Report on Ruapehu (New Zealand) — July 1994
Bulletin of the Global Volcanism Network, vol. 19, no. 7 (July 1994)
Managing Editor: Richard Wunderman.
Ruapehu (New Zealand) Relatively stable with water cooling of Crater Lake
Please cite this report as:
Global Volcanism Program, 1994. Report on Ruapehu (New Zealand) (Wunderman, R., ed.). Bulletin of the Global Volcanism Network, 19:7. Smithsonian Institution. https://doi.org/10.5479/si.GVP.BGVN199407-241100
39.28°S, 175.57°E; summit elev. 2797 m
All times are local (unless otherwise noted)
When visited on 8 June, Crater Lake appeared a very pale, almost yellowish, gray. On 4 July, as was more typical for the recent past, the crater lake was a uniform battleship-gray with no evidence of convection or slicks. Temperature at Outlet, 22°C, was slightly higher than for June-July in past years. The lake is currently cooling following a minor heating event in early June that followed strong acoustic signals, minor earthquakes, and volcanic tremor 10-15 days earlier. These two recent visits revealed no evidence of eruptive activity.
On 4 July, unusually thick accumulations of snow prevented deformation surveys and emphasized the need to install tiltmeters in key locations to improve the continuity of monitoring. Snow and ice were removed from the ARGOS satellite installation, but the solar panel could not be located under deep snow and battery and transmission power steadily declined.
A working party coordinated by the Ministry of Civil Defence has considered developing a contingency plan for volcanic hazards. They also may adopt a system using "Volcanic Alert Levels" graded from 1 (low level) to 5 (highest level, hazardous eruption in progress).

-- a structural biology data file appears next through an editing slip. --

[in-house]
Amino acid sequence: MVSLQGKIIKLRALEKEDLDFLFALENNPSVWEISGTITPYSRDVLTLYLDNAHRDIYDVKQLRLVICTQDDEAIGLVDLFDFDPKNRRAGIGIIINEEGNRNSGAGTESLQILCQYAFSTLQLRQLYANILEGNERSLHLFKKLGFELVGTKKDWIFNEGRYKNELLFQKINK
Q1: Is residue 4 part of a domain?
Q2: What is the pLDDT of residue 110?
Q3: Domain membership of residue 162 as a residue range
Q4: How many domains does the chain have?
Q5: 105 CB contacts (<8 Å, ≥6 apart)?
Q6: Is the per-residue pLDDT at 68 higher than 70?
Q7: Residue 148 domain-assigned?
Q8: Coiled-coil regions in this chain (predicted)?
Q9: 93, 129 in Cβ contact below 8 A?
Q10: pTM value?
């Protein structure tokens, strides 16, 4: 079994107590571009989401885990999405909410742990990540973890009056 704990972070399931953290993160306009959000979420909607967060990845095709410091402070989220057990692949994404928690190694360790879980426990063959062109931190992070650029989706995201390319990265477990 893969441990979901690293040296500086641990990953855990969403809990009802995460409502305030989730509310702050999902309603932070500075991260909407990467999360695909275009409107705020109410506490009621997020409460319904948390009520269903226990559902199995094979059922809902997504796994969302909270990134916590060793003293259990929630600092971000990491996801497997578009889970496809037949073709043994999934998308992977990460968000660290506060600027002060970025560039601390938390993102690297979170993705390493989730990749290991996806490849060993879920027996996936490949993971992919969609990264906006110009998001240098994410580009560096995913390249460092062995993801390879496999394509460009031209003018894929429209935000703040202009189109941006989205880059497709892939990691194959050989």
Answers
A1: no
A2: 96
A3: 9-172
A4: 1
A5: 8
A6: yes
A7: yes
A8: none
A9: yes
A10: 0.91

Geological Summary. Ruapehu, one of New Zealand's most active volcanoes, is a complex stratovolcano constructed during at least four cone-building episodes dating back to about 200,000 years ago. The dominantly andesitic 110 km3 volcanic massif is elongated in a NNE-SSW direction and surrounded by another 100 km3 ring plain of volcaniclastic debris, including the NW-flank Murimoto debris-avalanche deposit. A series of subplinian eruptions took place between about 22,600 and 10,000 years ago, but pyroclastic flows have been infrequent. The broad summait area and flank contain at least six vents active during the Holocene. Frequent mild-to-moderate explosive eruptions have been recorded from the Te Wai a-Moe (Crater Lake) vent, and tephra characteristics suggest that the crater lake may have formed as recently as 3,000 years ago. Lahars resulting from phreatic eruptions at the summit crater lake are a hazard to a ski area on the upper flanks and lower river valleys.
Information Contacts: P. Otway, B. Scott, and A. Hurst, IGNS Wairakei.